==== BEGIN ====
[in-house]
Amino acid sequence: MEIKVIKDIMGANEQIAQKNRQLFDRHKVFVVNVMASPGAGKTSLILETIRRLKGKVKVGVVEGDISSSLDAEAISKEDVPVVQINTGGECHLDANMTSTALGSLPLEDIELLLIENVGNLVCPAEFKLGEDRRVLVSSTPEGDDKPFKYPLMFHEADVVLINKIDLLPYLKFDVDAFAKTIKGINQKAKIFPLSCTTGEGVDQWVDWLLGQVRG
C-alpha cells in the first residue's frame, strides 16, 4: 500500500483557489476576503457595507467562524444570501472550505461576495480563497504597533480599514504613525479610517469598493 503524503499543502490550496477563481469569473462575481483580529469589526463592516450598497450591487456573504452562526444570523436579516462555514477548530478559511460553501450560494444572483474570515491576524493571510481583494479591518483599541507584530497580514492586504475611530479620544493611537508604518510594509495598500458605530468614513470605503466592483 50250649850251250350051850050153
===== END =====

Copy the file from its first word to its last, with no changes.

[in-house]
Amino acid sequence: MEIKVIKDIMGANEQIAQKNRQLFDRHKVFVVNVMASPGAGKTSLILETIRRLKGKVKVGVVEGDISSSLDAEAISKEDVPVVQINTGGECHLDANMTSTALGSLPLEDIELLLIENVGNLVCPAEFKLGEDRRVLVSSTPEGDDKPFKYPLMFHEADVVLINKIDLLPYLKFDVDAFAKTIKGINQKAKIFPLSCTTGEGVDQWVDWLLGQVRG
C-alpha cells in the first residue's frame, strides 16, 4: 500500500483557489476576503457595507467562524444570501472550505461576495480563497504597533480599514504613525479610517469598493 503524503499543502490550496477563481469569473462575481483580529469589526463592516450598497450591487456573504452562526444570523436579516462555514477548530478559511460553501450560494444572483474570515491576524493571510481583494479591518483599541507584530497580514492586504475611530479620544493611537508604518510594509495598500458605530468614513470605503466592483 50250649850251250350051850050153